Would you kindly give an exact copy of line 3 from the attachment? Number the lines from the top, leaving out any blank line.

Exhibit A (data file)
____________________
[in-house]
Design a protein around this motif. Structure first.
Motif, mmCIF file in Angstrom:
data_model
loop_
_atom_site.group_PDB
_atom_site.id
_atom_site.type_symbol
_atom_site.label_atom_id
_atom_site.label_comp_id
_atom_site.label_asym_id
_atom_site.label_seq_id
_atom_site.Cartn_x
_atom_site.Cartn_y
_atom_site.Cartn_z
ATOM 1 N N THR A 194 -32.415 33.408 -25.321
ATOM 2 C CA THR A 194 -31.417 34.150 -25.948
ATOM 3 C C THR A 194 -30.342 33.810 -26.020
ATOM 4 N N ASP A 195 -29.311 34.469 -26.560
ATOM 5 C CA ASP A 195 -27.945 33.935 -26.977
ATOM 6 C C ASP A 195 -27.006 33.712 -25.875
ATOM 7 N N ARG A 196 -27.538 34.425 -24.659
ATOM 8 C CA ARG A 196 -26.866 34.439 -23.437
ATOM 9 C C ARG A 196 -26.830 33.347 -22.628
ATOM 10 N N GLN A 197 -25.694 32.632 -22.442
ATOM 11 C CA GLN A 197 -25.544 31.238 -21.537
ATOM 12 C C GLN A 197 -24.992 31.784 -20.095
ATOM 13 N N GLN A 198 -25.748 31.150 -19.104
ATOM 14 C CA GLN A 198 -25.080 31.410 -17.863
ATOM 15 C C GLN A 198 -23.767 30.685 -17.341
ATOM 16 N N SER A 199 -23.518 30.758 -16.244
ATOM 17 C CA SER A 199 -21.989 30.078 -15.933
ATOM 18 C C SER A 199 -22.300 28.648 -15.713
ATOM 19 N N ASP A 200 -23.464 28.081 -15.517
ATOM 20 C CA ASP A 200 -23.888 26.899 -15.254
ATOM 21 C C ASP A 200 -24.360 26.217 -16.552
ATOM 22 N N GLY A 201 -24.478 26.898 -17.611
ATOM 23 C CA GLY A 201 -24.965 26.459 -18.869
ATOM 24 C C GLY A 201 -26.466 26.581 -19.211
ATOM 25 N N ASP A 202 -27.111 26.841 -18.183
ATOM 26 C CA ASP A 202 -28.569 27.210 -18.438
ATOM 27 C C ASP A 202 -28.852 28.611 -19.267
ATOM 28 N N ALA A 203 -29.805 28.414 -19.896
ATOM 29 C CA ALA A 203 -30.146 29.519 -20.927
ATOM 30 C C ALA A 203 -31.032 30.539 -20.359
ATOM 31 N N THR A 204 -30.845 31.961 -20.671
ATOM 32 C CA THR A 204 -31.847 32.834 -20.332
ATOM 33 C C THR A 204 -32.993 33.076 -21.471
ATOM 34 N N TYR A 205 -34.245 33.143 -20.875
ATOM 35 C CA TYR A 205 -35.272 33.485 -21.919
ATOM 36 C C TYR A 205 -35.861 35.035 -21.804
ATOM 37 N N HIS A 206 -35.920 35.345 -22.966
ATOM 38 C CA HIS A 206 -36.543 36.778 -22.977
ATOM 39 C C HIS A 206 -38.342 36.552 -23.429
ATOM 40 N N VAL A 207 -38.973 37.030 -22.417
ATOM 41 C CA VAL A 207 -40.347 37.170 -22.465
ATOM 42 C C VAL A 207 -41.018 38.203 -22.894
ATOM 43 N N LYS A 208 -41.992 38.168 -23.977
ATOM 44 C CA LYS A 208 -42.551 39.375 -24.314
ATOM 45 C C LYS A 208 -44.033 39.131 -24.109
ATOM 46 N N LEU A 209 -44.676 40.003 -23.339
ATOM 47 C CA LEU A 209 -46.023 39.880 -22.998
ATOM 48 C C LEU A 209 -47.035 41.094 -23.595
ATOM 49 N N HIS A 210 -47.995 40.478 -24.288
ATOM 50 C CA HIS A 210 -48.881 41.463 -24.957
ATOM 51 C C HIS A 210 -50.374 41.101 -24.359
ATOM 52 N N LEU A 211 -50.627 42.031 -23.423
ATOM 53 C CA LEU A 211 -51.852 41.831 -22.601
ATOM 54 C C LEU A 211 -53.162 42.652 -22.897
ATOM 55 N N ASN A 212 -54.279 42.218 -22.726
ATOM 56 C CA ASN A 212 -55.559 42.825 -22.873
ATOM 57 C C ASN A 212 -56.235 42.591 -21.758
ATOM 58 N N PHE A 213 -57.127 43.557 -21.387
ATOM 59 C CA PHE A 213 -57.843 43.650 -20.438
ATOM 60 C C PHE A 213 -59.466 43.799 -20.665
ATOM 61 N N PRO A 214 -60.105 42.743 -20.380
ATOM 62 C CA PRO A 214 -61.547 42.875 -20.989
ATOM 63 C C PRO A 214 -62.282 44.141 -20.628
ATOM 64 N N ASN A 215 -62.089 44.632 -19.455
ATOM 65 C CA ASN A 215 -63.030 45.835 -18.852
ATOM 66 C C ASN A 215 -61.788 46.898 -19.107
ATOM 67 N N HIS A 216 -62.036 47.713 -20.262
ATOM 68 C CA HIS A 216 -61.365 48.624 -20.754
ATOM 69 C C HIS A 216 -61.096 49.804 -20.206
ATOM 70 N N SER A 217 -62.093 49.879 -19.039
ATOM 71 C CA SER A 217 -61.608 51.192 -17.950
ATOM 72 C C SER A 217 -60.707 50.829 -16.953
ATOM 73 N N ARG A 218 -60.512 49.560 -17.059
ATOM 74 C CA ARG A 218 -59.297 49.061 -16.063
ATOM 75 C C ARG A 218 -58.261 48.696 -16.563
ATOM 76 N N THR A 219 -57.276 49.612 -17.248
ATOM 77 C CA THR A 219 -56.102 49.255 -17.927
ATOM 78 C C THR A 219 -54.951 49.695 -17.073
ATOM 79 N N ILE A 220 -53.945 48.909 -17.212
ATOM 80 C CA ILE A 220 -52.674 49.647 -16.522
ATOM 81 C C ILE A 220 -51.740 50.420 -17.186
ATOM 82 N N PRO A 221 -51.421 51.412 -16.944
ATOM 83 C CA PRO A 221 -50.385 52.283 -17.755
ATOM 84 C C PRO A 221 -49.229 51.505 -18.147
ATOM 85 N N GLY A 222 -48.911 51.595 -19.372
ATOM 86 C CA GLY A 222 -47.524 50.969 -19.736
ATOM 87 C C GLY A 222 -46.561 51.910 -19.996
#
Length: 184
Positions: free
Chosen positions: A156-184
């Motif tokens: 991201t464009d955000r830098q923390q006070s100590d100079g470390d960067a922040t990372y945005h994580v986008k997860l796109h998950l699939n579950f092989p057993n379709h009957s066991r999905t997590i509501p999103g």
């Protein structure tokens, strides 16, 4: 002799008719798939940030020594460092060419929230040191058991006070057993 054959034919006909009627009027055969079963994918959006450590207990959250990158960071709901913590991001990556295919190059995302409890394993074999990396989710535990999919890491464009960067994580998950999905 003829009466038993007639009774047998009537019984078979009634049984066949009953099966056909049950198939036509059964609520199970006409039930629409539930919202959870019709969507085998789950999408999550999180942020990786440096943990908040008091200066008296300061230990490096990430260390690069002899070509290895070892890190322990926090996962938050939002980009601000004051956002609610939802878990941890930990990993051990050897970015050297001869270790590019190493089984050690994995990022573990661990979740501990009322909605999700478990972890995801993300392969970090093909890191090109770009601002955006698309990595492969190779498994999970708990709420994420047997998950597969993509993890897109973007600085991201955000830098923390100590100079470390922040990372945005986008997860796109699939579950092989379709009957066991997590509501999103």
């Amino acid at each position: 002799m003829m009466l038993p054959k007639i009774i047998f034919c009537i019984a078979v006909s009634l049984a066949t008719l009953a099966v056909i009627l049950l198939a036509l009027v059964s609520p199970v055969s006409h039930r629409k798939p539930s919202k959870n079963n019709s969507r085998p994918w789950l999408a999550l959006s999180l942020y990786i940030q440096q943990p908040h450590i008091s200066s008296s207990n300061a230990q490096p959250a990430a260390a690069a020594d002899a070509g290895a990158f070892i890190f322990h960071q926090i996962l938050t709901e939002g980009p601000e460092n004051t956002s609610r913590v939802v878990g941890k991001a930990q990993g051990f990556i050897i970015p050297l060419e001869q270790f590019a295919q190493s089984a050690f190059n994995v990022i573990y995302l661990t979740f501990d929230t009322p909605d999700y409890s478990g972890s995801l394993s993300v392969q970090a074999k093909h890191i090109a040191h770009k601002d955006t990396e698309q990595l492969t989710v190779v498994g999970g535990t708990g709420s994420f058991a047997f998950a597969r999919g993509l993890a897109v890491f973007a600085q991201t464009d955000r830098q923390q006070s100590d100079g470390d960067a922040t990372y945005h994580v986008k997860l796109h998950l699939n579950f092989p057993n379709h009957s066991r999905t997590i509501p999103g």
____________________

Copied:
Motif, mmCIF file in Angstrom: